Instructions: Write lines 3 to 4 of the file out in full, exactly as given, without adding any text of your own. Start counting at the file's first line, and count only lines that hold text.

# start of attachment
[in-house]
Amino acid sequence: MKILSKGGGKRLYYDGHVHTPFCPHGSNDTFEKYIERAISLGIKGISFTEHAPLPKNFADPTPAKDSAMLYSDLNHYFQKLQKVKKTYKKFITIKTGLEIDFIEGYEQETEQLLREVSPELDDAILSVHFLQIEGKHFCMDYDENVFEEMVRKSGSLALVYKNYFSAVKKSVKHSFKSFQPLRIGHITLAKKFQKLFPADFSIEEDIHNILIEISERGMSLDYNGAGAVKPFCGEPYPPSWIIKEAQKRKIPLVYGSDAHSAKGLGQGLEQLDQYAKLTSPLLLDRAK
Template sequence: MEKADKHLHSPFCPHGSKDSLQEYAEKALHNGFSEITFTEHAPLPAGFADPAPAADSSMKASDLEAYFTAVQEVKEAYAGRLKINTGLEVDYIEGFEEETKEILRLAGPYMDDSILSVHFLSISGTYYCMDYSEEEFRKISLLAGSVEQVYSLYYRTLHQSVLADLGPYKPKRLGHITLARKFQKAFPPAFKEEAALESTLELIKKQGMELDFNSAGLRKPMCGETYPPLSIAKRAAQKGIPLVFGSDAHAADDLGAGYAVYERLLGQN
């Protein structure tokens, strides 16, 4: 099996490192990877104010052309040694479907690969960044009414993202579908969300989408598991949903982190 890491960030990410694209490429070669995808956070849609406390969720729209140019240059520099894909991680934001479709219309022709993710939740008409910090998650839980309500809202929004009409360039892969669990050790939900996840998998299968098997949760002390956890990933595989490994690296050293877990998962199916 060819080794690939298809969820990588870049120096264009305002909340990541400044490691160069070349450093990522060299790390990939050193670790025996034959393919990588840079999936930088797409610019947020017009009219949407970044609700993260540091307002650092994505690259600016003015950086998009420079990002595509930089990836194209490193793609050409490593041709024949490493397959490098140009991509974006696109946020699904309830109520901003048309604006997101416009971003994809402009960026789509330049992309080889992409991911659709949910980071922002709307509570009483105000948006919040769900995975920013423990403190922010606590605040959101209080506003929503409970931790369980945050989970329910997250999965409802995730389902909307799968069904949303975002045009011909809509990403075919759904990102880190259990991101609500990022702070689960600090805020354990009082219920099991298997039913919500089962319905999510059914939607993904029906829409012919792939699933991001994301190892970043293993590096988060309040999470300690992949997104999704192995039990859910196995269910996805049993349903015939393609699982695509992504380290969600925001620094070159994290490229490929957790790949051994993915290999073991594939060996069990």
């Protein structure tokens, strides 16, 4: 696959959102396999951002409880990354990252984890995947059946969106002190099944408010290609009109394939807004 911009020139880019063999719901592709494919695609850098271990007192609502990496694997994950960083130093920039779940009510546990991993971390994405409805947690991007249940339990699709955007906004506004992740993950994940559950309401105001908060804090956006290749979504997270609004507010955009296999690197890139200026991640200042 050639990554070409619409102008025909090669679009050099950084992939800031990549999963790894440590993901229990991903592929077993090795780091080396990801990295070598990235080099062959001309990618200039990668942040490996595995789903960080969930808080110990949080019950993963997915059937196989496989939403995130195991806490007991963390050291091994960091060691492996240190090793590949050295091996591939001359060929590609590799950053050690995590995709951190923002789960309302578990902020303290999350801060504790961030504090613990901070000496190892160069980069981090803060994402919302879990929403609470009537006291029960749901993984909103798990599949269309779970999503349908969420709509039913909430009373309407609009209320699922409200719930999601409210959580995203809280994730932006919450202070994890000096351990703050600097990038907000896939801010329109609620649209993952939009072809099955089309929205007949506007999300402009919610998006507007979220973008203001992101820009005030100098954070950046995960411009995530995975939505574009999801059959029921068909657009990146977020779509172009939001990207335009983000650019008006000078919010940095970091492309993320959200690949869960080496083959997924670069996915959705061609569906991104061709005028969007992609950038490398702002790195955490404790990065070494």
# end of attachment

Template sequence: MEKADKHLHSPFCPHGSKDSLQEYAEKALHNGFSEITFTEHAPLPAGFADPAPAADSSMKASDLEAYFTAVQEVKEAYAGRLKINTGLEVDYIEGFEEETKEILRLAGPYMDDSILSVHFLSISGTYYCMDYSEEEFRKISLLAGSVEQVYSLYYRTLHQSVLADLGPYKPKRLGHITLARKFQKAFPPAFKEEAALESTLELIKKQGMELDFNSAGLRKPMCGETYPPLSIAKRAAQKGIPLVFGSDAHAADDLGAGYAVYERLLGQN
């Protein structure tokens, strides 16, 4: 099996490192990877104010052309040694479907690969960044009414993202579908969300989408598991949903982190 890491960030990410694209490429070669995808956070849609406390969720729209140019240059520099894909991680934001479709219309022709993710939740008409910090998650839980309500809202929004009409360039892969669990050790939900996840998998299968098997949760002390956890990933595989490994690296050293877990998962199916 060819080794690939298809969820990588870049120096264009305002909340990541400044490691160069070349450093990522060299790390990939050193670790025996034959393919990588840079999936930088797409610019947020017009009219949407970044609700993260540091307002650092994505690259600016003015950086998009420079990002595509930089990836194209490193793609050409490593041709024949490493397959490098140009991509974006696109946020699904309830109520901003048309604006997101416009971003994809402009960026789509330049992309080889992409991911659709949910980071922002709307509570009483105000948006919040769900995975920013423990403190922010606590605040959101209080506003929503409970931790369980945050989970329910997250999965409802995730389902909307799968069904949303975002045009011909809509990403075919759904990102880190259990991101609500990022702070689960600090805020354990009082219920099991298997039913919500089962319905999510059914939607993904029906829409012919792939699933991001994301190892970043293993590096988060309040999470300690992949997104999704192995039990859910196995269910996805049993349903015939393609699982695509992504380290969600925001620094070159994290490229490929957790790949051994993915290999073991594939060996069990």